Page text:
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Judi Lynn

Judi Lynn's Journal
Judi Lynn's Journal
November 15, 2022

Largest known manta ray population is thriving off the coast of Ecuador, new research shows

NOVEMBER 14, 2022

by Michelle Klampe, Oregon State University

A manta ray near Isla de la Plata off the coast of Ecuador. Credit: Fundacion Megafauna Marina del Ecuador

Scientists have identified off the coast of Ecuador a distinct population of oceanic manta rays that is more than 10 times larger than any other known subpopulation of the species.

The findings, just reported in the journal Marine Ecology Progress Series, indicate that while other populations of oceanic manta rays are typically small and vulnerable to human impacts, this population is large and potentially quite healthy, said Joshua Stewart, an assistant professor with the Marine Mammal Institute in OSU's College of Agricultural Sciences and a co-author of the paper.

"It's clear that something different is happening here," Stewart said. "This is a rare story of ocean optimism. In other regions, we typically have population estimates of 1,000 to 2,000 animals, which makes this species very vulnerable. In this area, we've estimated that the population is more than 22,000 mantas, which is unprecedented."

Oceanic manta rays are the largest species of ray, with wingspans that can reach more than 20 feet. They are filter feeders that eat large quantities of krill and other zooplankton and tend to live in small subpopulations in tropical, subtropical and temperate waters, spending much of their time in the open ocean.

Oceanic manta rays were listed as threatened under the U.S. Endangered Species Act in 2018, and in 2019 their threat category increased from vulnerable to endangered on the International Union for the Conservation of Nature's Red List. The biggest threat to oceanic manta rays is commercial fishing, both as the target of some fisheries and as unintentional bycatch in many others.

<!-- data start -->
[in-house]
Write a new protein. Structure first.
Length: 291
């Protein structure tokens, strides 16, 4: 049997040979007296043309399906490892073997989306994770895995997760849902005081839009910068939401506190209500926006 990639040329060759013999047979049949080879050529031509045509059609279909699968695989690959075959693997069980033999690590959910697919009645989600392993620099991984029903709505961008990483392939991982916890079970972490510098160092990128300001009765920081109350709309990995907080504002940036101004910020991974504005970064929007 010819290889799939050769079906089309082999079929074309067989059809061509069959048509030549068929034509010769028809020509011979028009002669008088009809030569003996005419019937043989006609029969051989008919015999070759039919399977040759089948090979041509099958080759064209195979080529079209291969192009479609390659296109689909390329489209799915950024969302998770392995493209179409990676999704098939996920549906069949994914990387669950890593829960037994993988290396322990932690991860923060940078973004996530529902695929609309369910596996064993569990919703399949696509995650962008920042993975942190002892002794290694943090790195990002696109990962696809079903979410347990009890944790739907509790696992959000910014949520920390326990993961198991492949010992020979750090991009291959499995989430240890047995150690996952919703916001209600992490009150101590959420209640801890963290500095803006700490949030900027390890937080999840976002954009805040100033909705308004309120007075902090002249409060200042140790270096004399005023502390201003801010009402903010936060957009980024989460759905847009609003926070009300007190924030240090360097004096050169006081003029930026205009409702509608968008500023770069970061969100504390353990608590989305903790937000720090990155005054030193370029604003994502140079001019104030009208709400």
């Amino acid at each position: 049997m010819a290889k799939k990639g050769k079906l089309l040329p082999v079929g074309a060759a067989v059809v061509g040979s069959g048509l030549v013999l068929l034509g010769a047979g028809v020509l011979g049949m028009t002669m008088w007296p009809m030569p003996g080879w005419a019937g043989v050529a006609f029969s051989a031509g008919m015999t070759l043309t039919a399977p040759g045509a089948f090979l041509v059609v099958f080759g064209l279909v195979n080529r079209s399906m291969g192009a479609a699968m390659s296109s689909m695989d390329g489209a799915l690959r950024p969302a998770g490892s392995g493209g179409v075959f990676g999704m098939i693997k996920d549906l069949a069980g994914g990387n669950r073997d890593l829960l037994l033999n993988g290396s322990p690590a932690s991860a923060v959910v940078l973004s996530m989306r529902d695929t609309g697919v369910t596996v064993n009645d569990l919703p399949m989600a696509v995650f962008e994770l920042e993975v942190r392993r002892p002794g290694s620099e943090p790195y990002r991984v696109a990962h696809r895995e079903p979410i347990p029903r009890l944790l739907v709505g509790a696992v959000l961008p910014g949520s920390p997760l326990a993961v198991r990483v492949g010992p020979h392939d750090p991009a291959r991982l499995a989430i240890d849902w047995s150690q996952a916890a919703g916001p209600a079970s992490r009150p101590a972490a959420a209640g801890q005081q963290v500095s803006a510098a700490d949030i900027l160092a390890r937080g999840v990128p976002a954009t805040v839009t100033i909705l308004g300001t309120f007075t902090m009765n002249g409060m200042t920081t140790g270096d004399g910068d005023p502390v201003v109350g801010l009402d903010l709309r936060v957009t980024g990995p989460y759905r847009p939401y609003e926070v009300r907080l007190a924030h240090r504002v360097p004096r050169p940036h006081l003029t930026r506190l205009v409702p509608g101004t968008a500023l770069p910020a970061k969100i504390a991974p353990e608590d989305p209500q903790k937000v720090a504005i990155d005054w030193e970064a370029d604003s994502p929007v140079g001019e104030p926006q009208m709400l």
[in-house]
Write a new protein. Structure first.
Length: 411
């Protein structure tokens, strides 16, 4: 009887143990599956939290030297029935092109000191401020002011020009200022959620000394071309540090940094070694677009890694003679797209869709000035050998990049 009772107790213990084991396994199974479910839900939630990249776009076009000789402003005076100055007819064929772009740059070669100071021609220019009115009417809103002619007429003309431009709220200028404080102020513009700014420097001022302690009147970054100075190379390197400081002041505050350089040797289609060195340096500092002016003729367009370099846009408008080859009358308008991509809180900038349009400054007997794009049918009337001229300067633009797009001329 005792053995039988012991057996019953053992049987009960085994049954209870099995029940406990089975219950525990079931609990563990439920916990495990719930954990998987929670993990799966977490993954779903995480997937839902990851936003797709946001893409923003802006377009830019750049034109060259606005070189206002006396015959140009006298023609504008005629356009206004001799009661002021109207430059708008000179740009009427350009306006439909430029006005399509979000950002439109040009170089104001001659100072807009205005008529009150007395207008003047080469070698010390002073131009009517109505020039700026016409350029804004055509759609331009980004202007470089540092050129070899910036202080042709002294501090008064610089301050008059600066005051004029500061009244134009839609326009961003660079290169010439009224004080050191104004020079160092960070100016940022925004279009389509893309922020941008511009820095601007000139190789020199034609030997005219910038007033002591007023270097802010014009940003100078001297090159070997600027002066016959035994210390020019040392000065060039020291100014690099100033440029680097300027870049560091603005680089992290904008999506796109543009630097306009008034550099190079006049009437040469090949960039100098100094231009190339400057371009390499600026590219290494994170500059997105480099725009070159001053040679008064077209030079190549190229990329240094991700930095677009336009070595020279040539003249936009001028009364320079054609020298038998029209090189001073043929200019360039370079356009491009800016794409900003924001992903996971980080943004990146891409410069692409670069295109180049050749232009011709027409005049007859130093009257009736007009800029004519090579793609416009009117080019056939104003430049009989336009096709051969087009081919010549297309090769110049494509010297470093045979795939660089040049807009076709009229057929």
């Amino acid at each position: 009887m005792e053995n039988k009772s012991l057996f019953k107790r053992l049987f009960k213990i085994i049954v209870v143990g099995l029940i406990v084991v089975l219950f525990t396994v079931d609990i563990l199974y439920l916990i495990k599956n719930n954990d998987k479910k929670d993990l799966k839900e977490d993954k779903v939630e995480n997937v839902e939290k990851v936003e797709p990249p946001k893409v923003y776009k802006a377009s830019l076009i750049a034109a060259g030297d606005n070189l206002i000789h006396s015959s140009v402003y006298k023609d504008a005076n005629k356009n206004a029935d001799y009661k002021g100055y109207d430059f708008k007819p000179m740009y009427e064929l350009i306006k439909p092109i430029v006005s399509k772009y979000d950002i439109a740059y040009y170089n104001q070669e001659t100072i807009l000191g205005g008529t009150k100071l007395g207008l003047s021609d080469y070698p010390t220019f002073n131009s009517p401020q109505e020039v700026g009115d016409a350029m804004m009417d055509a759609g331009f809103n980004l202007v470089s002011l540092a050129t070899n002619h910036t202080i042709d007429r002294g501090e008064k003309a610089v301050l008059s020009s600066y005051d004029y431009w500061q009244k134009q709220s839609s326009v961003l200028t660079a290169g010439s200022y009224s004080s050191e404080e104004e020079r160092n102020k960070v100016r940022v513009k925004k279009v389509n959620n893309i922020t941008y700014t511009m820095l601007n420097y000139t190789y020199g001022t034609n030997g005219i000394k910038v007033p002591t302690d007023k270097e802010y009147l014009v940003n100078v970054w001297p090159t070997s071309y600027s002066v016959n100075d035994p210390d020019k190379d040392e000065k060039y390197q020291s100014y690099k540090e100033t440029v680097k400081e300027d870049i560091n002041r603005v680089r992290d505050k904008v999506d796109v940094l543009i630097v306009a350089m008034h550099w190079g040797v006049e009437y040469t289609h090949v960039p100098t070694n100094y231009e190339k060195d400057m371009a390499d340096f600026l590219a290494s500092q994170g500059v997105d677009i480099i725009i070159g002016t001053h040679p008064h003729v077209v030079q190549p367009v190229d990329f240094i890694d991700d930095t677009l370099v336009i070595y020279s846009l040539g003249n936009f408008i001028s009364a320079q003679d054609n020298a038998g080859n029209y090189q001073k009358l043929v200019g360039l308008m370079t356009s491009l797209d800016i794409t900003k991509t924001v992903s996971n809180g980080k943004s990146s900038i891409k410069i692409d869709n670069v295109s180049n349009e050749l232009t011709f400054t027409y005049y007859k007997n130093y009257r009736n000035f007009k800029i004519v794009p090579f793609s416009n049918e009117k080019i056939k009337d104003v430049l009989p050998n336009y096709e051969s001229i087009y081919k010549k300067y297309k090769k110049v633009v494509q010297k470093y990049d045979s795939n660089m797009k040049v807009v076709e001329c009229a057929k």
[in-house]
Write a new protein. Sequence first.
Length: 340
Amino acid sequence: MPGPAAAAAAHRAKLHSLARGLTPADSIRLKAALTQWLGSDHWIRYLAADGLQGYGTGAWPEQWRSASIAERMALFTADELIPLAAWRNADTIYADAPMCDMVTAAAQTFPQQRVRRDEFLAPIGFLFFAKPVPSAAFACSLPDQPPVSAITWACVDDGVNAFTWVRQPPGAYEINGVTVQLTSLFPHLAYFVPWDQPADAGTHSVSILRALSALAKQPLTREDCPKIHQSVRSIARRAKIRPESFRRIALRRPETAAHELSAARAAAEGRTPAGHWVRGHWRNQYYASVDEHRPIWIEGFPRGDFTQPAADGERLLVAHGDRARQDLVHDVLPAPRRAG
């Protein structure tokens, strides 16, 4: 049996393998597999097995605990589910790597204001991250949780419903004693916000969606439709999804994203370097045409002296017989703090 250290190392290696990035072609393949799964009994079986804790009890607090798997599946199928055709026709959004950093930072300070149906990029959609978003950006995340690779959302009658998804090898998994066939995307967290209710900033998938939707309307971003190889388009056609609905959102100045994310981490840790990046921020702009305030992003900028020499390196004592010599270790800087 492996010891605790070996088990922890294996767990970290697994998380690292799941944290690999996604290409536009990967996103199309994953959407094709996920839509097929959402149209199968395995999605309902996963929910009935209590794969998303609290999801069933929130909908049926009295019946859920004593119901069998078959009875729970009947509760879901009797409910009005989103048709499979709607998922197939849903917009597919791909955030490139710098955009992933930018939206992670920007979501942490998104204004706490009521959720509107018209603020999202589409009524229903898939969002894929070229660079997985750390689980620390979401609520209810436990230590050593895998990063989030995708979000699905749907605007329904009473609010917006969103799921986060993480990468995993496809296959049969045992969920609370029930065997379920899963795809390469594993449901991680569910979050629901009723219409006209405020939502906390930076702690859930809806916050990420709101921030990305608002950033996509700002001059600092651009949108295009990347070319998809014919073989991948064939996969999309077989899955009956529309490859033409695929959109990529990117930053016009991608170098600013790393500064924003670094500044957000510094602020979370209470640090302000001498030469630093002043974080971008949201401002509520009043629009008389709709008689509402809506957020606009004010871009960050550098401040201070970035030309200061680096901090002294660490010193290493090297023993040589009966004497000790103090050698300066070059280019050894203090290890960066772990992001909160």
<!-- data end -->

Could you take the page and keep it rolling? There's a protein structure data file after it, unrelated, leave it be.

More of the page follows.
November 13, 2022

Money Launderers In Honduras Are Getting Away With It

Rohan Parakkad / Nov 08 2022, 09:36AM EST

Dozens of individuals with claimed ties to organized crime have been released a year after Honduras changed its money laundering law, and there is a growing belief that this is an effort to shield those in authority.

According to a report by Insight Crime, at least 45 people with connections to organized crime have been released in the past year after their cases were dismissed as a result of a controversial reform to Honduras' Special Law Against Asset Laundering. The Honduran government published legal changes to the law in its official gazette last year after congress approved the reform.

These changes meant that proving someone had unexplained wealth was no longer enough to charge them with money laundering. Prosecutors must instead prove a link between the suspect's assets and another crime, like the distribution of drugs or the sale of weapons. Additionally, unless with a judge's prior approval, investigators are no longer permitted to access a suspect's or a company's financial records.

. . .

The decision to make it harder to prosecute money launderers seems suspicious in a nation where a previous president was extradited to the US on drug trafficking charges.

. . .

In 2019 the Honduran congress passed a controversial law that was criticized for protecting politicians from being investigated for embezzlement of public funds.


November 9, 2022

Colombia, Venezuela pledge to save Amazon rainforest

Gustavo Petro and Nicolas Maduro launch call at COP27 climate summit for wide-ranging alliance to protect planet’s biggest tropical forest
Laura Gamba |

BOGOTA, Colombia

The presidents of Colombia and Venezuela, Gustavo Petro and Nicolas Maduro, issued a call Tuesday at the COP27 climate summit for forming an alliance to protect the Amazon, the planet's biggest tropical forest.